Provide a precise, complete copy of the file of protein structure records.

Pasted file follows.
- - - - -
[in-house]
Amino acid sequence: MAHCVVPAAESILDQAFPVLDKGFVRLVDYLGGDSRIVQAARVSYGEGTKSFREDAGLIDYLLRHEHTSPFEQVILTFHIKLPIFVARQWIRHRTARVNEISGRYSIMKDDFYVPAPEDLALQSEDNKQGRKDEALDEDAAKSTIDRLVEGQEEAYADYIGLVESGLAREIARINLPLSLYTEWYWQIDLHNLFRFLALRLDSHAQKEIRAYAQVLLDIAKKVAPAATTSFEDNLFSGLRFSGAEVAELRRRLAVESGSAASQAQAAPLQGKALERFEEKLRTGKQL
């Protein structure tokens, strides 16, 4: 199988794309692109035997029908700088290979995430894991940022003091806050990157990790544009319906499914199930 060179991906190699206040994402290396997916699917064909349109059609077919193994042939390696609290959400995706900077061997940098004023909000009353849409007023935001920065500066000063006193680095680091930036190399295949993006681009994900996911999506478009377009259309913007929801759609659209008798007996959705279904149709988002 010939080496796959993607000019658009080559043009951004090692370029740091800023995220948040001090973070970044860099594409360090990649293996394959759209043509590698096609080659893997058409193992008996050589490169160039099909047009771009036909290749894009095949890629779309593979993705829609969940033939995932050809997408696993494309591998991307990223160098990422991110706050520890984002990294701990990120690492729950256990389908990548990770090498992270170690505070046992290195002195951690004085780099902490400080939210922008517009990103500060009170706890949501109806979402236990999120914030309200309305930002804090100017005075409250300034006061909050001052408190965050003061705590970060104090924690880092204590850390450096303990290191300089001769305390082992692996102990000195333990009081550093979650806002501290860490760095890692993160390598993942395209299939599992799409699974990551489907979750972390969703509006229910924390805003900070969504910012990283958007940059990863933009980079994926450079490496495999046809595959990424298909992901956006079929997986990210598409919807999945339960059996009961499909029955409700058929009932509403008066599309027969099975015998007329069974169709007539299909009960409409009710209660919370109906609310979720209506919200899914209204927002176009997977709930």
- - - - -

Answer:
[in-house]
Amino acid sequence: MAHCVVPAAESILDQAFPVLDKGFVRLVDYLGGDSRIVQAARVSYGEGTKSFREDAGLIDYLLRHEHTSPFEQVILTFHIKLPIFVARQWIRHRTARVNEISGRYSIMKDDFYVPAPEDLALQSEDNKQGRKDEALDEDAAKSTIDRLVEGQEEAYADYIGLVESGLAREIARINLPLSLYTEWYWQIDLHNLFRFLALRLDSHAQKEIRAYAQVLLDIAKKVAPAATTSFEDNLFSGLRFSGAEVAELRRRLAVESGSAASQAQAAPLQGKALERFEEKLRTGKQL
């Protein structure tokens, strides 16, 4: 199988794309692109035997029908700088290979995430894991940022003091806050990157990790544009319906499914199930 060179991906190699206040994402290396997916699917064909349109059609077919193994042939390696609290959400995706900077061997940098004023909000009353849409007023935001920065500066000063006193680095680091930036190399295949993006681009994900996911999506478009377009259309913007929801759609659209008798007996959705279904149709988002 010939080496796959993607000019658009080559043009951004090692370029740091800023995220948040001090973070970044860099594409360090990649293996394959759209043509590698096609080659893997058409193992008996050589490169160039099909047009771009036909290749894009095949890629779309593979993705829609969940033939995932050809997408696993494309591998991307990223160098990422991110706050520890984002990294701990990120690492729950256990389908990548990770090498992270170690505070046992290195002195951690004085780099902490400080939210922008517009990103500060009170706890949501109806979402236990999120914030309200309305930002804090100017005075409250300034006061909050001052408190965050003061705590970060104090924690880092204590850390450096303990290191300089001769305390082992692996102990000195333990009081550093979650806002501290860490760095890692993160390598993942395209299939599992799409699974990551489907979750972390969703509006229910924390805003900070969504910012990283958007940059990863933009980079994926450079490496495999046809595959990424298909992901956006079929997986990210598409919807999945339960059996009961499909029955409700058929009932509403008066599309027969099975015998007329069974169709007539299909009960409409009710209660919370109906609310979720209506919200899914209204927002176009997977709930």